Former NCC leader Sterling Cary says racism persists
From "Philip Jenks" <email@example.com>
Date Tue, 1 Jul 2008 12:47:15 -0400
Former NCC President and civil rights leader says racism persists in U.S. and 'cannot be glossed over'
New York, July 1, 2008 - The Rev. Dr. Sterling Cary, a retired United
Church of Christ minister who was president of the National Council of
Churches (NCC) from 1972 to 1975, recently looked back on his years as
an ecumenical and civil rights leader, and ahead to the future of
ecumenism and American society.
He expressed a fear that the rhetoric of the current presidential
campaign may obscure the racism that continues in the United States. And
he called for a recommitment of the churches to their denominations and
their ecumenical involvements.
Cary was interviewed as a part of a historical Web series, Ecumenical
Moments (see http://www.ncccusa.org/centennial/centennialmoment1.html),
commemorating the 100th anniversary of the NCC and the Federal Council
of Churches. The interview appears below.
New York, July 1, 2008 - W. Sterling Cary was no stranger to controversy when he was elected the first African American President of the National Council of Churches in 1972. He had been an active civil rights leader for years, and in 1966 he was a signatory of a statement on race published by the National Committee of Negro Churchmen in the New YorkTimes.
White church members tended to be frightened by the statement, which many regarded as radical and threatening. "In the American mind, 'black' and 'power' did not go together," Cary said recently in an interview with National Public Radio.
"We as church men recognized the need to become engaged in efforts to empower people," Cary told NPR. "We felt it important to say that the will of God was that people be engaged in this struggle against the powers and principalities that were oppressing them. Racial injustice is a legacy of the slave period and continues until this day." Looking back, the venerable United Church of Christ clergyman said the response to the statement was "polite" but did not lead to a movement to change society.
Contacted this summer at his home in the Chicago suburb of Flossmoor, Ill., Cary warned that 42 years later, racial problems persist in the United States. He expressed the fear that the potential nomination of an African American for president might obscure that fact. Citing the media uproar over statements by Barack Obama's pastor, Cary said, "People are quick to condemn Jeremiah Wright, but you have to recognize that the history he is talking about is still with us. My greatest concern about the current presidential campaign is that the rhetoric gives people the impression that they can ignore the past and celebrate the future, but there are a lot of serious problems that cannot be glossed over - and this is especially pronounced in terms of race."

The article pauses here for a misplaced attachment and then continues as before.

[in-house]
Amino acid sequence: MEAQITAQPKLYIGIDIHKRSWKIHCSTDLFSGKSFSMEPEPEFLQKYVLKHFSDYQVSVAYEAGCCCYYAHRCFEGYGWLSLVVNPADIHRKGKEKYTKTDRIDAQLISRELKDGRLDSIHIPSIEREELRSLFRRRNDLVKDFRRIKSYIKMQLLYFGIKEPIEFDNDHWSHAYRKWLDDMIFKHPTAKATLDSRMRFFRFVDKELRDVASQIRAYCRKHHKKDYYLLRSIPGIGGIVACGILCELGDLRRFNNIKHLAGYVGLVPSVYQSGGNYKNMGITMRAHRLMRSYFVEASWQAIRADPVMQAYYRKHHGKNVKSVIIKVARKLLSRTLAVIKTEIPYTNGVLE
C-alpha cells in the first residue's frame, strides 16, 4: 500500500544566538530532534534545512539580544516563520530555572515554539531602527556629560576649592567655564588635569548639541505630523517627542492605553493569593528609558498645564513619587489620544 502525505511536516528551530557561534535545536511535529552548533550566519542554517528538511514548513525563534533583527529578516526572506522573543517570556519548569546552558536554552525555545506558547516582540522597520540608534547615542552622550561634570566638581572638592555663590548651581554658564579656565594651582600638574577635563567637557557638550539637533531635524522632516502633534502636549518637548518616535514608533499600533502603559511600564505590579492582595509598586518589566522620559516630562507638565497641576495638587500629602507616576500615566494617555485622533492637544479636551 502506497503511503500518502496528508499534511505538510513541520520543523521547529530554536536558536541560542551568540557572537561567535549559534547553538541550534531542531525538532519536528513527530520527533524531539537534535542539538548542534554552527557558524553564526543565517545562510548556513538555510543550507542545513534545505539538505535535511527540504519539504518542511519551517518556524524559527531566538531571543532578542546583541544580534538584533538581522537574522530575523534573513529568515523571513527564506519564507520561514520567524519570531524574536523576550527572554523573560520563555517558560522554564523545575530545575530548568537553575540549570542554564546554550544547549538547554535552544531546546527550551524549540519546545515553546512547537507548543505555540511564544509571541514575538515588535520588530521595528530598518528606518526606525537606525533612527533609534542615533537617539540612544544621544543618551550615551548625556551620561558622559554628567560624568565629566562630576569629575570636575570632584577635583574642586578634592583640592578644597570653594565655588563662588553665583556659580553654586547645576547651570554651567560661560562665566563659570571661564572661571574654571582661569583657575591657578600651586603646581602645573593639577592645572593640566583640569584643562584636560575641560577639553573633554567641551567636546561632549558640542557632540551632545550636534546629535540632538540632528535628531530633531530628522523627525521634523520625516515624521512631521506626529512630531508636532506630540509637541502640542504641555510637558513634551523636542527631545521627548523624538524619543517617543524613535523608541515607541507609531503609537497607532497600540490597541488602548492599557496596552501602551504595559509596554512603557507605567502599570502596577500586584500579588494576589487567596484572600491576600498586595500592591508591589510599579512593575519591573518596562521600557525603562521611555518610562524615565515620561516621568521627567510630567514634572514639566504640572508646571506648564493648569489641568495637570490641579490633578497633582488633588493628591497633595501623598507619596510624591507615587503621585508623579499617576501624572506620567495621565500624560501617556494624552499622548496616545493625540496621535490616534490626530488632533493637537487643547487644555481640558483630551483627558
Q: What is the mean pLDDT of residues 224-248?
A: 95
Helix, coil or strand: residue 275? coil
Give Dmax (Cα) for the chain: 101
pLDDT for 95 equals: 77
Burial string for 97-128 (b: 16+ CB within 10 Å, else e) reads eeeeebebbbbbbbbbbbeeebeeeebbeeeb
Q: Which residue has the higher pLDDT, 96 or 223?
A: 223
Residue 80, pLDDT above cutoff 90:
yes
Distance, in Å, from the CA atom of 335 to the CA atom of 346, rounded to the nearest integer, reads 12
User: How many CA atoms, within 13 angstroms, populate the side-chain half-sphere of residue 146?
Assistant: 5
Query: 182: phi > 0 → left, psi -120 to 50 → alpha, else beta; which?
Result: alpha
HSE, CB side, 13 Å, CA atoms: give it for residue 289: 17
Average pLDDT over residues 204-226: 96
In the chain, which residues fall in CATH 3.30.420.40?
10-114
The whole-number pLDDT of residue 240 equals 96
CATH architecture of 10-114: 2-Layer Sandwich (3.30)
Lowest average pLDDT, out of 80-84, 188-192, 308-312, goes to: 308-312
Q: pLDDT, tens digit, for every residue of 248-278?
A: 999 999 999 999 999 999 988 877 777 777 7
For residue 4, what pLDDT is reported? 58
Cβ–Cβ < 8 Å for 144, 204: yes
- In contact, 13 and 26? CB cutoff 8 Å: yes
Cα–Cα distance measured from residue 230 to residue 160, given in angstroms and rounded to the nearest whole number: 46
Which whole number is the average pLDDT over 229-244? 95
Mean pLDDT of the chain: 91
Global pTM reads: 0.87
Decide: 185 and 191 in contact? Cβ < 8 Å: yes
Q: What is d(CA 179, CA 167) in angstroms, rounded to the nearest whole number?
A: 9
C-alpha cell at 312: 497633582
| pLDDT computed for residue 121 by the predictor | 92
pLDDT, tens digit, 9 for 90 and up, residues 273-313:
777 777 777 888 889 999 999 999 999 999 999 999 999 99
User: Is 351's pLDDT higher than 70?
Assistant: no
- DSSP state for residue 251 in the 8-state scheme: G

Despite important advances in four decades, the statement Cary made when he was installed as NCC president in December 1972 would be true today: "Empowerment today is limited to the placement of certain individuals in executive positions. That isn't empowerment."
Cary, who turns 81 this year, looks back his three-year presidential term with clear-eyed realism.
"It was a tense period when I was president," he says today. "We had Vietnam, we had tensions over Gay, Lesbian and transgendered people." Arguments on the floor of the NCC Governing Board were intense and often angry.
But one of his satisfactions, Cary said, is that his presiding style seemed to encourage more civil debate. "There was a tendency for our discussions to turn into dissentions ... but we created a climate where we could give everyone a hearing - we created an arena in which we could express our differences. Everyone had a say."
Another challenge faced by Cary's generation of leaders, including Claire Randall, the NCC's first woman general secretary, was the tendency of church people to turn their backs on national church bodies and channel their financial support to local judicatories and congregations.
"There has always been a tension between the national and local parts of the body," he said. "We need to resell and promote the need for a national body. How do you emphasize the need for the total body rather than just a part of it?"
Cary noted the staff and program cutbacks in the NCC and its member communions that are caused by a diversion of contributions. "What frightens me most is that it's even more pronounced now, this emphasis on the local excluding national bodies. The UCC is certainly going through that stage. I'm not sure if you cut back so drastically that you can rebuild."
Cary, who was ordained a Baptist and served Presbyterian and UCC congregations, was executive of the UCC Metropolitan New York Conference when he was elected NCC president. He was later executive of the UCC Conference in Chicago, from which he retired.
Whenever he consents to media interviews these days, he is invariably introduced as one of the signers of "the black church manifesto." He also invariably explains that it was intended as a loving and reconciling document.
"The love that we know has been made known by Christ," he told the NPR interviewer. "Not to allow freedom is a sin against God."
NCC News Contact: Philip E. Jenks, 212-870-2228, NCCNews@ncccusa.org